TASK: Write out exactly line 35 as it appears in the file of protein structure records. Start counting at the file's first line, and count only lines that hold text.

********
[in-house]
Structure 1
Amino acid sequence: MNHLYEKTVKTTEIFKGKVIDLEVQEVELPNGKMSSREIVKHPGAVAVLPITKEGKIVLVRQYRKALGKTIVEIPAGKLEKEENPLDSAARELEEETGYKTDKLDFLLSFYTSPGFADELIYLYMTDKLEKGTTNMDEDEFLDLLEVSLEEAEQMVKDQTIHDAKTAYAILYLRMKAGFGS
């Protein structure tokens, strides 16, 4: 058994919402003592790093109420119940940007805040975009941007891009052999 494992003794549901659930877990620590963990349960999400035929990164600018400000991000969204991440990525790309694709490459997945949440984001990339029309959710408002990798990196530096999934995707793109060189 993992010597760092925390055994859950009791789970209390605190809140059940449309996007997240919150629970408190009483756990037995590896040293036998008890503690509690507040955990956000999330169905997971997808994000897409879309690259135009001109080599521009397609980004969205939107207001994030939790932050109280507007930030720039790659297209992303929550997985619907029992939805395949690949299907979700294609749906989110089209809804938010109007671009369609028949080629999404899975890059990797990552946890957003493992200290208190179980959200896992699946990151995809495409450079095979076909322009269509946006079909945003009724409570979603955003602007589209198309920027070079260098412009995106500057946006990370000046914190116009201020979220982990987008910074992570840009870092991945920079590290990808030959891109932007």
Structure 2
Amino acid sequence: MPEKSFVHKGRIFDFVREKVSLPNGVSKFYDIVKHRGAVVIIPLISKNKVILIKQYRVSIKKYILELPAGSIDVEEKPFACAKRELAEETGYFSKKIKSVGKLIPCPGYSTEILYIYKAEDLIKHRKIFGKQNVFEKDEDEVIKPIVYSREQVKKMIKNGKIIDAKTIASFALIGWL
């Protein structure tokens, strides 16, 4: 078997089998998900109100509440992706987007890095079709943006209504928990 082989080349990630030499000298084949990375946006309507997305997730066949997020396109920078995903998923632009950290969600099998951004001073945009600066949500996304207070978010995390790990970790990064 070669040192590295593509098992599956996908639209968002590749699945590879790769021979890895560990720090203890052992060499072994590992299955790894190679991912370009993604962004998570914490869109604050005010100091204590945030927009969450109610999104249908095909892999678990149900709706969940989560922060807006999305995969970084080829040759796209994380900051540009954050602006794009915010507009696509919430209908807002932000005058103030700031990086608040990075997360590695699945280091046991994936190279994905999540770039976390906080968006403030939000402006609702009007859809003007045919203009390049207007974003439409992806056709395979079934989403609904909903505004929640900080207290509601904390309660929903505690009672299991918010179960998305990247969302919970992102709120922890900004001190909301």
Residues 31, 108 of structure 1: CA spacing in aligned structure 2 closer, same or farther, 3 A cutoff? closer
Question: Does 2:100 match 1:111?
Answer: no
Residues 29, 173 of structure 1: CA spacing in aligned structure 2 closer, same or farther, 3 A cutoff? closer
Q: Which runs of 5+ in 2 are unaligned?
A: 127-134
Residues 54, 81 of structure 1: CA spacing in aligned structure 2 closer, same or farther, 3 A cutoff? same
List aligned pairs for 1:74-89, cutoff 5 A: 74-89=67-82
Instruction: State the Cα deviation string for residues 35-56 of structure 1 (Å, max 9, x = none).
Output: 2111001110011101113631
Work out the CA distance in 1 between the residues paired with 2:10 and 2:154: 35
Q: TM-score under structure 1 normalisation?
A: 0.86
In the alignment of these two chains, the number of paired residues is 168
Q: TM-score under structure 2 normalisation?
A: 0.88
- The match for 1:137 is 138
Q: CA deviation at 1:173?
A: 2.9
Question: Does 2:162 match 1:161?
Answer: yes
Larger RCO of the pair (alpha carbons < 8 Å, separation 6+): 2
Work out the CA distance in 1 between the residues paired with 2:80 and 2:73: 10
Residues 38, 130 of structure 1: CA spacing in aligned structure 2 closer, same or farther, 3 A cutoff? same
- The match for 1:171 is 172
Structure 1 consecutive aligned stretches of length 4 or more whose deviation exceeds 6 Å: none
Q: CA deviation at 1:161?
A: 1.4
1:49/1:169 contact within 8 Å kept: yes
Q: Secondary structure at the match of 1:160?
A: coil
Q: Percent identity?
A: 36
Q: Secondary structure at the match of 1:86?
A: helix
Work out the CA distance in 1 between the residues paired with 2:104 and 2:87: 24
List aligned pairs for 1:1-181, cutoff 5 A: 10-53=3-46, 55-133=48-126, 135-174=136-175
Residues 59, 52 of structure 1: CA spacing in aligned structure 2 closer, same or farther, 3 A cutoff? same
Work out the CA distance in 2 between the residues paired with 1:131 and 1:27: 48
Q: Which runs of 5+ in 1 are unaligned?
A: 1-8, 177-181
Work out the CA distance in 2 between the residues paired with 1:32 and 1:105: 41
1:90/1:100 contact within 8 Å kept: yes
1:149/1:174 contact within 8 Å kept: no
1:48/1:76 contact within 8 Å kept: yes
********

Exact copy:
A: 1.4